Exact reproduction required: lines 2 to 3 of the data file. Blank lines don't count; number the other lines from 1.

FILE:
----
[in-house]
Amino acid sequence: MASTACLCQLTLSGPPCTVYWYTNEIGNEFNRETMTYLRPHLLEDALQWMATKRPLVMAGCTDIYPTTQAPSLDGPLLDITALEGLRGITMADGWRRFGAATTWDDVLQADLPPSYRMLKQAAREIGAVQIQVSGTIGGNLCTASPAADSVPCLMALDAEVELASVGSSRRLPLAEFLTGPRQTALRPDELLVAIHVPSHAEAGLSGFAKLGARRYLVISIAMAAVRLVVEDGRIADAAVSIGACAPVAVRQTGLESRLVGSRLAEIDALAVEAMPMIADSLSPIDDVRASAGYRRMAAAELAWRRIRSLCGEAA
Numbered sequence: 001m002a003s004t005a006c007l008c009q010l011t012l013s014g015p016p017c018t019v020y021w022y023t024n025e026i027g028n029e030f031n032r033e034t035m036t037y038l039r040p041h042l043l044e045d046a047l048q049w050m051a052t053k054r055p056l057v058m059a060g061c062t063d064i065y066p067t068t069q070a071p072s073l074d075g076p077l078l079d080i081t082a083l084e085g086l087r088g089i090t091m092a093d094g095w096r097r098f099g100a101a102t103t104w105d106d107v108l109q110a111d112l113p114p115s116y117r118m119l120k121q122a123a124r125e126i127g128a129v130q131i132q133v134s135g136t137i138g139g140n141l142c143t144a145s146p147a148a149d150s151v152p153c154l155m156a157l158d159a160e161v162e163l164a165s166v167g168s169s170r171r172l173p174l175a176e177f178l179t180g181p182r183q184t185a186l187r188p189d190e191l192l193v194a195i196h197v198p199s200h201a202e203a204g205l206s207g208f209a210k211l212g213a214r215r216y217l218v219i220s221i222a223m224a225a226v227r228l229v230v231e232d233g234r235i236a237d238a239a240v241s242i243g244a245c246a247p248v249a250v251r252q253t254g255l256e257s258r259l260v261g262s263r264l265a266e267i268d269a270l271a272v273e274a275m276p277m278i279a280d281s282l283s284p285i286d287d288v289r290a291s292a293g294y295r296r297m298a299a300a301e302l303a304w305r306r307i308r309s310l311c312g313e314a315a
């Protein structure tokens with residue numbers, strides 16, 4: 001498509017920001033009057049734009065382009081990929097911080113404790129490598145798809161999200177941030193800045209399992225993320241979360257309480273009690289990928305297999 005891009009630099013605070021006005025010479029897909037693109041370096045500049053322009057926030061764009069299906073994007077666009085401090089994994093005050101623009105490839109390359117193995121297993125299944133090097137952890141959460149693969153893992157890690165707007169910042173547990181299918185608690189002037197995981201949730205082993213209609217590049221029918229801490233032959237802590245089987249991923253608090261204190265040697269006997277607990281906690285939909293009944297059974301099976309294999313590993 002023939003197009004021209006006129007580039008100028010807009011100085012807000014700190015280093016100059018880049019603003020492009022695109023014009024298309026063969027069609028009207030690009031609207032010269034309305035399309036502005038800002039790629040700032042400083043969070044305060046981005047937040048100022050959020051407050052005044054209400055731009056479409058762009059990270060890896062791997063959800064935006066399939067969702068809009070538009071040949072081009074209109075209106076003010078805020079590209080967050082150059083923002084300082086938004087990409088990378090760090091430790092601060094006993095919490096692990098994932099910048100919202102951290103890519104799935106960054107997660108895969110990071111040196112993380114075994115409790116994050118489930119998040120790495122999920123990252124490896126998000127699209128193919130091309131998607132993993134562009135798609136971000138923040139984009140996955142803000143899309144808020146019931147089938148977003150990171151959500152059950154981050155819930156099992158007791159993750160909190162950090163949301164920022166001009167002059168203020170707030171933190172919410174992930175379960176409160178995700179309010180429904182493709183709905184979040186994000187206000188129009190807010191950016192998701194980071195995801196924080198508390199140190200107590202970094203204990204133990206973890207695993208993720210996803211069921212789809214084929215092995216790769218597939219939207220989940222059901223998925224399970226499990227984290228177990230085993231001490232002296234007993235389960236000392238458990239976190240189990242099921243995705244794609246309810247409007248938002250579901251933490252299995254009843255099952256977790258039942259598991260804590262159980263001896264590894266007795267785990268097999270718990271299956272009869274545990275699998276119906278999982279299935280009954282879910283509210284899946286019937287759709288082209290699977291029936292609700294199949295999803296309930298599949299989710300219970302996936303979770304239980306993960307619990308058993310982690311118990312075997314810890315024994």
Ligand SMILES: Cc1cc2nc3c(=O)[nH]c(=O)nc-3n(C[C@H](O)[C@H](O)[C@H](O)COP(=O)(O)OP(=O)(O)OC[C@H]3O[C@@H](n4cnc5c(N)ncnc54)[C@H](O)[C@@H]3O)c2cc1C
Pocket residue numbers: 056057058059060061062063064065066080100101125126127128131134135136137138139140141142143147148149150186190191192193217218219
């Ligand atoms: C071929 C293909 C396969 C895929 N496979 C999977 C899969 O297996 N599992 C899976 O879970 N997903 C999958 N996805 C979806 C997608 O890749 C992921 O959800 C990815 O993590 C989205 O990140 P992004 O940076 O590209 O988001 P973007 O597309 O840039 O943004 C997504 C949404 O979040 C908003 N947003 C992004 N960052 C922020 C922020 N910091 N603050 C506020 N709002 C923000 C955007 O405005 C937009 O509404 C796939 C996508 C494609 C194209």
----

Amino acid sequence: MASTACLCQLTLSGPPCTVYWYTNEIGNEFNRETMTYLRPHLLEDALQWMATKRPLVMAGCTDIYPTTQAPSLDGPLLDITALEGLRGITMADGWRRFGAATTWDDVLQADLPPSYRMLKQAAREIGAVQIQVSGTIGGNLCTASPAADSVPCLMALDAEVELASVGSSRRLPLAEFLTGPRQTALRPDELLVAIHVPSHAEAGLSGFAKLGARRYLVISIAMAAVRLVVEDGRIADAAVSIGACAPVAVRQTGLESRLVGSRLAEIDALAVEAMPMIADSLSPIDDVRASAGYRRMAAAELAWRRIRSLCGEAA
Numbered sequence: 001m002a003s004t005a006c007l008c009q010l011t012l013s014g015p016p017c018t019v020y021w022y023t024n025e026i027g028n029e030f031n032r033e034t035m036t037y038l039r040p041h042l043l044e045d046a047l048q049w050m051a052t053k054r055p056l057v058m059a060g061c062t063d064i065y066p067t068t069q070a071p072s073l074d075g076p077l078l079d080i081t082a083l084e085g086l087r088g089i090t091m092a093d094g095w096r097r098f099g100a101a102t103t104w105d106d107v108l109q110a111d112l113p114p115s116y117r118m119l120k121q122a123a124r125e126i127g128a129v130q131i132q133v134s135g136t137i138g139g140n141l142c143t144a145s146p147a148a149d150s151v152p153c154l155m156a157l158d159a160e161v162e163l164a165s166v167g168s169s170r171r172l173p174l175a176e177f178l179t180g181p182r183q184t185a186l187r188p189d190e191l192l193v194a195i196h197v198p199s200h201a202e203a204g205l206s207g208f209a210k211l212g213a214r215r216y217l218v219i220s221i222a223m224a225a226v227r228l229v230v231e232d233g234r235i236a237d238a239a240v241s242i243g244a245c246a247p248v249a250v251r252q253t254g255l256e257s258r259l260v261g262s263r264l265a266e267i268d269a270l271a272v273e274a275m276p277m278i279a280d281s282l283s284p285i286d287d288v289r290a291s292a293g294y295r296r297m298a299a300a301e302l303a304w305r306r307i308r309s310l311c312g313e314a315a